What Does the Hanukkiah Mean?
The prophet Zechariah never heard of a hanukkiah. But he can help us understand its meaning.
In synagogue on Shabbat Hanukkah, we read Zechariah’s vision of the menorah. It’s a good choice, right? We light a type of menorah, so we read about a menorah.
But that seems a little superficial. The connection shouldn’t just be through the physical symbol. It should revolve around the symbol’s meaning. So, what does the hanukkiah mean? And what does Zechariah’s vision add to its meaning?
We probably know the child-friendly teaching about the hanukkiah. Eight lamps represent eight miraculous days of light. But we’re adults. We know that the holiday’s origins lie with the Maccabees in 164 BCE. The Maccabees celebrated the military victory that established their Hasmonean dynasty. Imagine if the Hasmoneans had created our liturgical calendar. Probably, our Shabbat Hanukkah reading would be an oracle about God’s armies on the move.
A Rabbinic View of the Hanukkiah: God’s Light Shines On
But, our liturgical calendar was fixed by our early rabbis. They re-interpreted Hanukkah to suit the politics of their own time, 200-500 CE. By then, the Hasmoneans had partnered with Rome. And Rome had overrun Judea. We Jews were dispersed around the Mediterranean region. We had very little political power. Certainly not enough to restore a temple in our former capital city. But we did have intellectual and spiritual power. Enough to re-envision our tradition. It doesn’t matter, our rabbis said, if war and exile have eroded our old religious practices. God’s light shines on.
The rabbis told an allegorical story about the Maccabees. After winning their war, the Maccabees inspect the Temple. But they find only one day’s worth of pure, high-priest approved oil. Still, oil from that little jar fuels eight full days of menorah light (b. Shabbat 21b). Moral of the story? God’s light shines on, with or without high-priest approved supplies.
A Prophetic View of the Hanukkiah: God’s Spirit is All Around Us
We could read that same moral into Zechariah’s menorah. One night, an angel takes Zechariah on a dream-time journey. Zechariah sees the spiritual forces that direct our world. But he doesn’t see them directly. He sees them symbolically. So, he has to keep asking his angelic guide to interpret the symbols. At one stop on the tour, Zechariah sees a miraculous menorah. Oil flows directly from olive trees into the lamps of this menorah. No harvesting, no processing, no labor needed. “What are these?” Zechariah asks. The angel explains, “Not by might; not by power; but by my spirit” (Zech. 4:4-6).
The interpretation is as cryptic as the symbol. But the rabbis understood it. We don’t have Maccabean might. Or Hasmonean political power. But we do have access to God’s spirit. So, we don’t need high priest-approved oil. We have something better. Something brighter. God’s spirit flows to us directly from the created world.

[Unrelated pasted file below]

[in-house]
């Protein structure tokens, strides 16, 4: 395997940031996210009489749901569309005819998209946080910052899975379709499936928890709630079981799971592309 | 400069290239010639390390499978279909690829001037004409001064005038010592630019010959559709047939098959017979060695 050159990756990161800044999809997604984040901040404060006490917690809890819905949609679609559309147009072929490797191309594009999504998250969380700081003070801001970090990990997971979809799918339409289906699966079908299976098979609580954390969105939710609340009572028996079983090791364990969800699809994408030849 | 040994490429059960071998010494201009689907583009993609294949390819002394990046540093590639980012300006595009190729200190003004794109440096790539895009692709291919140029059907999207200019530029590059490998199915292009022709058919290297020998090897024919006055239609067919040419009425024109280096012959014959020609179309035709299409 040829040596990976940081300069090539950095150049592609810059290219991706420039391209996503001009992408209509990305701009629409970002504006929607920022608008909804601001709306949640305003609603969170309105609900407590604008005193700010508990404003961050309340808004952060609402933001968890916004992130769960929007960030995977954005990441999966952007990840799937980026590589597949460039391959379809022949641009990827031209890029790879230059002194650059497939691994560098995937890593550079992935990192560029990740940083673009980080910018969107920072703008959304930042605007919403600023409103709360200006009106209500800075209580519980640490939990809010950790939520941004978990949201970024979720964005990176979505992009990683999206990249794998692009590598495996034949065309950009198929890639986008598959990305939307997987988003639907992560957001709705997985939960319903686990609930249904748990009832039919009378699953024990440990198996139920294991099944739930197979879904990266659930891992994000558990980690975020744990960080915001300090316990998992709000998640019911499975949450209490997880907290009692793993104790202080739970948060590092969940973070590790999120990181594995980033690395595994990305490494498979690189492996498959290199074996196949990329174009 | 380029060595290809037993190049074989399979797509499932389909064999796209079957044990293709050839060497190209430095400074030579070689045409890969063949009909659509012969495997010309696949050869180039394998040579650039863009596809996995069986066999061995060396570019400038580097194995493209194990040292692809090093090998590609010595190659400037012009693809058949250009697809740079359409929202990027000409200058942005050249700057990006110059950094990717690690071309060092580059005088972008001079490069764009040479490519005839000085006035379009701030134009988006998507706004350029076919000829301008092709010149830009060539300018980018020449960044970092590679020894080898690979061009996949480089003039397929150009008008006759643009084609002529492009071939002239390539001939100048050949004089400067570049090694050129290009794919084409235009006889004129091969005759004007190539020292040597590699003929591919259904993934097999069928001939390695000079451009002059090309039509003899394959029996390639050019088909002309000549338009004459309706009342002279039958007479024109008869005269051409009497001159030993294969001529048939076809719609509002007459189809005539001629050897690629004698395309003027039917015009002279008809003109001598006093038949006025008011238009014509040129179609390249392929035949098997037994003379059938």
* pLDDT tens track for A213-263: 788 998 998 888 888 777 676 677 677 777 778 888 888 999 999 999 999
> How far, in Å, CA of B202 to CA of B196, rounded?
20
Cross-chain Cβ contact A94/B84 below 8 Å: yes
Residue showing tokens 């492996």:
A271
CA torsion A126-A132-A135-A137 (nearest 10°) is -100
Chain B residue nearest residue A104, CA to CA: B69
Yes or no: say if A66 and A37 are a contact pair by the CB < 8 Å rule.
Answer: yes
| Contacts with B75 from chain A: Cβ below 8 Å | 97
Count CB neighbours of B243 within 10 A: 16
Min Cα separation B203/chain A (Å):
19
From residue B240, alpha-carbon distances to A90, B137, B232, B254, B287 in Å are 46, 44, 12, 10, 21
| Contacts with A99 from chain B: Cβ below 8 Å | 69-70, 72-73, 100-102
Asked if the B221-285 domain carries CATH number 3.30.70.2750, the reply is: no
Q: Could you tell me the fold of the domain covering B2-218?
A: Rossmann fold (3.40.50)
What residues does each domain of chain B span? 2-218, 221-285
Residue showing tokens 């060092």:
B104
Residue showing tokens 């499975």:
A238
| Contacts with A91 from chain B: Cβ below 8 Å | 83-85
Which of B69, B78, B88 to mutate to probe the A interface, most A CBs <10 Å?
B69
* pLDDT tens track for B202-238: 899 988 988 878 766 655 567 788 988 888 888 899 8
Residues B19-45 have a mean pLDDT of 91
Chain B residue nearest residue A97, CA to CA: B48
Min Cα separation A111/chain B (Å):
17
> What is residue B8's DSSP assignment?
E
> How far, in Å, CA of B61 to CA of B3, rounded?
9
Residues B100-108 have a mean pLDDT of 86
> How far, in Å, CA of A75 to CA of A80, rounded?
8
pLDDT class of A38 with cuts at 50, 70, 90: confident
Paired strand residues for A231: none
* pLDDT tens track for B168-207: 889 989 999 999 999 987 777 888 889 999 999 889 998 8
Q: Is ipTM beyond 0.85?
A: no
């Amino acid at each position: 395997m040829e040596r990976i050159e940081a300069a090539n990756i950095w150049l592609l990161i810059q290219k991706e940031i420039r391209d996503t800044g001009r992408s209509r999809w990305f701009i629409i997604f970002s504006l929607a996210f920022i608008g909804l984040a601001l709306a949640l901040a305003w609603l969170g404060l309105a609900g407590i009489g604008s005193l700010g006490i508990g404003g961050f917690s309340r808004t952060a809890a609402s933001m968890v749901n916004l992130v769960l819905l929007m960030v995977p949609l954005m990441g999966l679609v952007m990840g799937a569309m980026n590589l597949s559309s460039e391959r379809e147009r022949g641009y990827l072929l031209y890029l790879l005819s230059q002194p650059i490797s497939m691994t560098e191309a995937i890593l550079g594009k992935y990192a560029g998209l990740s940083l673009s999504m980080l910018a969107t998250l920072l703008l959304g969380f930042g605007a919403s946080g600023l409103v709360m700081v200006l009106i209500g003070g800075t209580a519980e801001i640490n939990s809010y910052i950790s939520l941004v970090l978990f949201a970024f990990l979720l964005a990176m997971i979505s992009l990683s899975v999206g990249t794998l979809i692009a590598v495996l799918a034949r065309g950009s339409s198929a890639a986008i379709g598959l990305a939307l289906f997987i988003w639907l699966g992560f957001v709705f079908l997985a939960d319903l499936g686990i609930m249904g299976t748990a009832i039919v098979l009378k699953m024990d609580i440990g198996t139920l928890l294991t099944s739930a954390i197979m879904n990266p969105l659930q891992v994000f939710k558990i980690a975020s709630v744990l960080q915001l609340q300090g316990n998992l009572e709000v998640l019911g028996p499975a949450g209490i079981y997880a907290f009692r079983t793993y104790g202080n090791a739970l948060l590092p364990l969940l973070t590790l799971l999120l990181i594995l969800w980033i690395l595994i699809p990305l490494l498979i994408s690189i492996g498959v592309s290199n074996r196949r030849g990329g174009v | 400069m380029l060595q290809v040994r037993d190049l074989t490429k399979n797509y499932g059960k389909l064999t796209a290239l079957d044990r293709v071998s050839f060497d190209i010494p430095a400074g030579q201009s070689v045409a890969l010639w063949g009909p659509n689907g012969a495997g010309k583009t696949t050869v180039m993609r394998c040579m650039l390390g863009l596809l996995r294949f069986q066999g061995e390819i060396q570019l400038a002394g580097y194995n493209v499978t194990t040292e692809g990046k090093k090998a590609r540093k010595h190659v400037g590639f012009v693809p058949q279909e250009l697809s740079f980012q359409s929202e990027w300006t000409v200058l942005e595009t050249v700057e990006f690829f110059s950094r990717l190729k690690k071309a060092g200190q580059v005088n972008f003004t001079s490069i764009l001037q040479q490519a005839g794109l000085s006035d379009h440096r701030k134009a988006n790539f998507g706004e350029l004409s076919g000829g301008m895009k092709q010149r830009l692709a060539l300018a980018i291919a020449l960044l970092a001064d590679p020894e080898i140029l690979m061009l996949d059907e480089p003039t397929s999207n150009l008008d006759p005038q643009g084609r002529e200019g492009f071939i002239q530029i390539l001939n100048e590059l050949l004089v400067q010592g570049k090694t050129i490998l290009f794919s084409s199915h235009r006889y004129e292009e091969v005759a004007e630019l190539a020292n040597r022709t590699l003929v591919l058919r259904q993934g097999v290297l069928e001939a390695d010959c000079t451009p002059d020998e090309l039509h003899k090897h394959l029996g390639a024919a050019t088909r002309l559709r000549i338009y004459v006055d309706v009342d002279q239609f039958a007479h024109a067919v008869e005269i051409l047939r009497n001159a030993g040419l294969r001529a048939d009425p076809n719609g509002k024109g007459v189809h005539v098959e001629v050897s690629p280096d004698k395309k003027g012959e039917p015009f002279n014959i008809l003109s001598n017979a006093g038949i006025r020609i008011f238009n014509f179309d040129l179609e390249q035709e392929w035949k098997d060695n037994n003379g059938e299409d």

Zechariah’s View of the Hanukkiah: Social Justice is Good Politics
But let’s be historically honest. Zechariah prophesied in 520 BCE. Long before any Hasmoneans or rabbis existed. He had his own historical concerns. Sixty-six years earlier, the Babylonian army had ripped through the region. The Kingdom of Judah was one of its many victims. Jerusalem was destroyed and her people exiled. But by 520, Persia had defeated Babylonia. A few passionate Jews had returned to Jerusalem. With imperial Persian support, they began to build a new Temple. They set up a local government. Zechariah was not worried about a Jewish community without religious or political power. He wanted us to live well with political power.
Here’s how he put it in his book. The horrific war is finally over. Persia’s version of peace encourages local self-government and regional cooperation. We have a chance now to create a non-militarized world. But to succeed, our leaders must follow a strict ethical code. They must show integrity, generosity, and concern for the oppressed. Generosity won’t make us vulnerable. Because, at this auspicious time, God is arranging regional dynamics in our favour.
At this time, Zechariah says, we won’t succeed through military might. Or through political power, which is so easily corrupted. Only our spirituality is foolproof. Our communal spirituality, that is. Measured by our truth, justice, and empathy. By our faith that these virtues build prosperity. And by our trust that God truly bends the universe towards good. All we have to do is remember the mantra: “Not by might, not by power, but by my spirit.”
Hanukkiah: A Physical Reminder of Spiritual Resistance
The miraculous menorah is a physical symbol of this mantra. So says the angel. Still, he leaves us wondering. How does the menorah express the mantra? To me, the menorah represents a human body. With arms outstretched, it receives from nature, without violence or exploitation. It collects spiritual fuel, converts it into light, and shares it with the world. The menorah expresses a moral teaching: this is how we build political community.
Zechariah’s menorah has seven lamps. In the priestly world view, the number seven signals completion, fulfillment, holiness. And Zechariah hopes that violence and corruption have been banished forever.
But the hanukkiah has eight lamps, not counting the shamash, its source. The hanukkiah won’t allow us to rest in completion. In our time, we are more cynical than Zechariah. We know that the work of building an ethical polity is never done. Your hanukkiah wants you to know: the resistance is not over.
Presented as a dvar Torah at Or Shalom Synagogue, Dec. 16 2017.